I read (somewhere!) that stories aren’t the static words on paper they appear to be. They are told and untold, folded and unfolded, until they create something very much alive. Sometimes, someone’s story lands in your lap. It’s interesting the way we pass our carefully crafted life experiences along, not to mention who we choose to hand it to…but to me it always spins the sticky web of ‘what do we do with someone else’s story?’ In this case I asked, and he responded with a ‘please, write it down.’ Sometimes it’s not so much about the story but about the way that it’s told. He spoke with such an ease and lack of inhibition, that it simply requested and deserved an audience.
“In broken English he asks, “Would you like to see a picture of my wife?” and slides his chipped cell phone across the table. On a tiny screen, with large, blue-blurred mega pixels, I look at the rounded and indiscernible face of a Pakistani woman. The word “Beautiful” parts my lips and then the question “How long have you been married” follows quickly in pursuit. I think this is small talk, and those are the right small talk questions. “10 months” comes his answer. From there, what I think is small talk, morphs into the life story of this 40-something year old man.
His first wife was more beautiful then his second, he starts with. But the second one is also beautiful, just with the beauty of a mature woman and not a young one. She has the rounded hips and eyes of a woman who has seen and carried her fair share of the world’s weight. His first wife, however, had all the loveliness and innocence of a woman who had this weight carried for her. Because this story is the story of a good Christine man, the first thing he wants me to understand is that he is not divorced. He tells me that his first wife is dead and then passes a kiss from his lips to his fingers and then to the skies. 7 years ago his first wife went to the doctors with a cold. She left the doctors office in the backseat of a car with her face strangled blue and purple and barely alive. The doctor was screaming ‘it’s not my fault’ from the front seat, while the man screamed his prayers for his wife’s life above the doctor, above the traffic. 7 minutes after her throat closed, his prayer found it’s way to the right ears and his wife started breathing again. She wasn’t o.k. though. The allergic reaction to her injection and the lack of oxygen that followed “made her mind mush”. He searched his English words, trying to pin down the right one and finally succeeded with ‘vegetable’. He explained how there was nothing left of the woman he married but that he continued to love and take care of her empty shell. She stayed the same for 5 years: no eating, speaking, or moving except to flutter her eyelids and pucker her lips like a fish out of water. He explained how difficult it was to care for her; how he sold his house and took out loans to pay his loans to care for her…how he lost his friends, his health and chip by chip his faith. On one of his last ditch efforts to remain a good Christine man, he went to church. There, he changed his prayer from a plea to help his wife get better, to a request to take her when the time was right. He cried the entire way home and then through the night. He soaked his wife’s hair and pillow with salty tears that “came straight from my heart and out through my eyes”. His wife’s sisters scolded him and tried to gently pull him away saying “She has been this way for 5 years! Why the tears now? Nothing has changed.” But something had changed, and later that night she passed away.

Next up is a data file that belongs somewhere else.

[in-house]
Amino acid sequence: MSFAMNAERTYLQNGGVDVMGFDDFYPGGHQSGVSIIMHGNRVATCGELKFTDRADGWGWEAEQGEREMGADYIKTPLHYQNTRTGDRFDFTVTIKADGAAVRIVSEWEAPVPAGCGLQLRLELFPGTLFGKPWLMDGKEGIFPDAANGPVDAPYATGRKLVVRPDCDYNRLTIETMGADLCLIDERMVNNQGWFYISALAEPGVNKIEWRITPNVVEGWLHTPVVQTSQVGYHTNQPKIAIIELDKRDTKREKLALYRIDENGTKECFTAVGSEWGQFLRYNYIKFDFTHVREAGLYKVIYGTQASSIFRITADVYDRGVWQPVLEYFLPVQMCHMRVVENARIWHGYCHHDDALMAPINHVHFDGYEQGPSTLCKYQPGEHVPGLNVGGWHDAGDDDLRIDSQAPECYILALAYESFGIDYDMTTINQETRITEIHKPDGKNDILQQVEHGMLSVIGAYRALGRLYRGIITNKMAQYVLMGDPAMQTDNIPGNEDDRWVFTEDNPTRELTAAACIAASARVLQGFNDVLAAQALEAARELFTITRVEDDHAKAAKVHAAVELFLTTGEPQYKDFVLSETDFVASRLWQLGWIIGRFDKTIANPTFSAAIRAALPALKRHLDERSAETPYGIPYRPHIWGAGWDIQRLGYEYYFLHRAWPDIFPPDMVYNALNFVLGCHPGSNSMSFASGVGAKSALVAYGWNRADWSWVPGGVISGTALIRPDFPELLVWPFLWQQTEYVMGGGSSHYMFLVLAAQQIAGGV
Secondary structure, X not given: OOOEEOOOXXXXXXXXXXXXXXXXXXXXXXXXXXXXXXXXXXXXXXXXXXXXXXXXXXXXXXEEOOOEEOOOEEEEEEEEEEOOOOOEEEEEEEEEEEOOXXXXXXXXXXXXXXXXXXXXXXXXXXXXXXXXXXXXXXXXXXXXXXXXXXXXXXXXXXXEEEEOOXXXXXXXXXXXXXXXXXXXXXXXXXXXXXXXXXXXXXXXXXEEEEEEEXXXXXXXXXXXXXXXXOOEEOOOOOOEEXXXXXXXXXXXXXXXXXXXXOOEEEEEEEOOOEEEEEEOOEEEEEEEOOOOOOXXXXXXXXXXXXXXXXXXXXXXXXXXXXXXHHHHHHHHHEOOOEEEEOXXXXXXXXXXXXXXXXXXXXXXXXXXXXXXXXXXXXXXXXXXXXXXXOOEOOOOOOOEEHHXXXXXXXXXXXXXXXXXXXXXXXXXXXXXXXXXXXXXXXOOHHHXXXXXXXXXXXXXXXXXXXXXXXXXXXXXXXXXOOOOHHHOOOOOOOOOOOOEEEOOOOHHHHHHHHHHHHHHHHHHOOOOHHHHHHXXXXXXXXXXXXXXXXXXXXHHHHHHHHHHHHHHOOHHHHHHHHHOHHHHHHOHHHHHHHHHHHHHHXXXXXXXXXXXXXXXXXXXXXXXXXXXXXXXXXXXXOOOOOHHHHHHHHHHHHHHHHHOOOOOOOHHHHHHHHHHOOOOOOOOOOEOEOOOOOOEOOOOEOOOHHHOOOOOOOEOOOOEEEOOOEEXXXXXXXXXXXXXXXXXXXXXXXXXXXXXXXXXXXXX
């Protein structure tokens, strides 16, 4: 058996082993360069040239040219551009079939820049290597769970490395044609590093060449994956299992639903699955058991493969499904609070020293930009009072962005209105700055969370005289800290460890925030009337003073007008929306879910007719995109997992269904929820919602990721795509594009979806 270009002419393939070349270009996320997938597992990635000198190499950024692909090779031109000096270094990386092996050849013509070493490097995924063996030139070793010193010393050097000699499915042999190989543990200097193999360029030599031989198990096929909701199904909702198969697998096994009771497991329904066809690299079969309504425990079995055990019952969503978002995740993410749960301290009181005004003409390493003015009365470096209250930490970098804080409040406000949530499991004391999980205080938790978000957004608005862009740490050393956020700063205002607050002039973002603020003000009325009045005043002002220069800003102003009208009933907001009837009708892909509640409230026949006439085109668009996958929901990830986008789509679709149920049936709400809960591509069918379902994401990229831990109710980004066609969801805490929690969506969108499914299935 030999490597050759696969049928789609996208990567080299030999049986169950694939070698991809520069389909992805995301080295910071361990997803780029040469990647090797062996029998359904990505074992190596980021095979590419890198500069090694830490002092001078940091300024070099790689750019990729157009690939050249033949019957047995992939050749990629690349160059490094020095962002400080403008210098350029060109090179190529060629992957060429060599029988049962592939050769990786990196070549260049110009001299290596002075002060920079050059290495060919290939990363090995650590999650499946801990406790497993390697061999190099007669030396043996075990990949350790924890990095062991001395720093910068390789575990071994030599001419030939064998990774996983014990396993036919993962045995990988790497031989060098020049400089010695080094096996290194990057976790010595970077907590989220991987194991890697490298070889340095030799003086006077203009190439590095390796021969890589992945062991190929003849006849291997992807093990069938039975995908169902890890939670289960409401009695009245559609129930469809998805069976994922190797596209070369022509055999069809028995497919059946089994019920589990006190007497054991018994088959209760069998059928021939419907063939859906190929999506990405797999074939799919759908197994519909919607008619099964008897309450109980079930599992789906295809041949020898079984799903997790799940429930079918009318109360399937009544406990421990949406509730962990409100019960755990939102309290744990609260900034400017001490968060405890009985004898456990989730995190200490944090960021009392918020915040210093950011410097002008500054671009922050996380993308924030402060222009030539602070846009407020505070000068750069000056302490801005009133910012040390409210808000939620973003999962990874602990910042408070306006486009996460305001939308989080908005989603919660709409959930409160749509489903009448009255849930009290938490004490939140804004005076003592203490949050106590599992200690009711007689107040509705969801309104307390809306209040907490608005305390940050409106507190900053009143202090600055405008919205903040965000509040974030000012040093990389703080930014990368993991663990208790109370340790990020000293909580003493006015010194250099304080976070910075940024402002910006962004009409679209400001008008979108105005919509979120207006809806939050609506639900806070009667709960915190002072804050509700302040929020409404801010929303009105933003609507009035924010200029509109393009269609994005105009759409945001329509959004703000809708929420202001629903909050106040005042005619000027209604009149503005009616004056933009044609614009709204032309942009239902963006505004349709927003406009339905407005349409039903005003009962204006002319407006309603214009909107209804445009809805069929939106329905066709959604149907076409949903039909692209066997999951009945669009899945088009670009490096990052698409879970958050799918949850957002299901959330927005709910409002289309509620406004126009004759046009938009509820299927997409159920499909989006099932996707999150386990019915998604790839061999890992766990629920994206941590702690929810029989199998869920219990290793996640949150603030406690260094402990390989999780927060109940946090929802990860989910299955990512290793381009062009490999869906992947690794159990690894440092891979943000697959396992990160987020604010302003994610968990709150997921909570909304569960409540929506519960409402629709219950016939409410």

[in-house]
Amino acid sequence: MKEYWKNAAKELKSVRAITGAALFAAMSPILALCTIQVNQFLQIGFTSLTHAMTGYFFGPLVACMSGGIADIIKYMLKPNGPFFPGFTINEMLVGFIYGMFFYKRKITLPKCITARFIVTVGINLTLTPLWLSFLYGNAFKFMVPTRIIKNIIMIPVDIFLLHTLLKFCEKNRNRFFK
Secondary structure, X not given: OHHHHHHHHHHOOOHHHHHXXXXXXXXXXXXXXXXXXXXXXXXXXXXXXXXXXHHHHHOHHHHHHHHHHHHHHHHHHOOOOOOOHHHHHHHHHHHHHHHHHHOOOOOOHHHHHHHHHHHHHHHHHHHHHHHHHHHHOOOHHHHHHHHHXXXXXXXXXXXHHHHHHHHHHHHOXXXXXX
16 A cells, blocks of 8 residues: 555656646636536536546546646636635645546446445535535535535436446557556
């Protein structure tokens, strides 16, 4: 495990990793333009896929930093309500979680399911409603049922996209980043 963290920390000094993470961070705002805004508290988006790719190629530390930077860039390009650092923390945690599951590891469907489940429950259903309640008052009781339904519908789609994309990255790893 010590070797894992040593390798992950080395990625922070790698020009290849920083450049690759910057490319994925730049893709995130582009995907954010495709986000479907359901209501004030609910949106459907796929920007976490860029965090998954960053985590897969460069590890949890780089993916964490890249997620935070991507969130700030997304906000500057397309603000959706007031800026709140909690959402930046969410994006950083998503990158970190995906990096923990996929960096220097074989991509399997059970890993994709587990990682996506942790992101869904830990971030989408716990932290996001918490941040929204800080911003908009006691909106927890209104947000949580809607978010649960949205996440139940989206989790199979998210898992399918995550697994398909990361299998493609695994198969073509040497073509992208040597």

“I pray for her every day” he finishes by saying “my most beautiful, first wife”.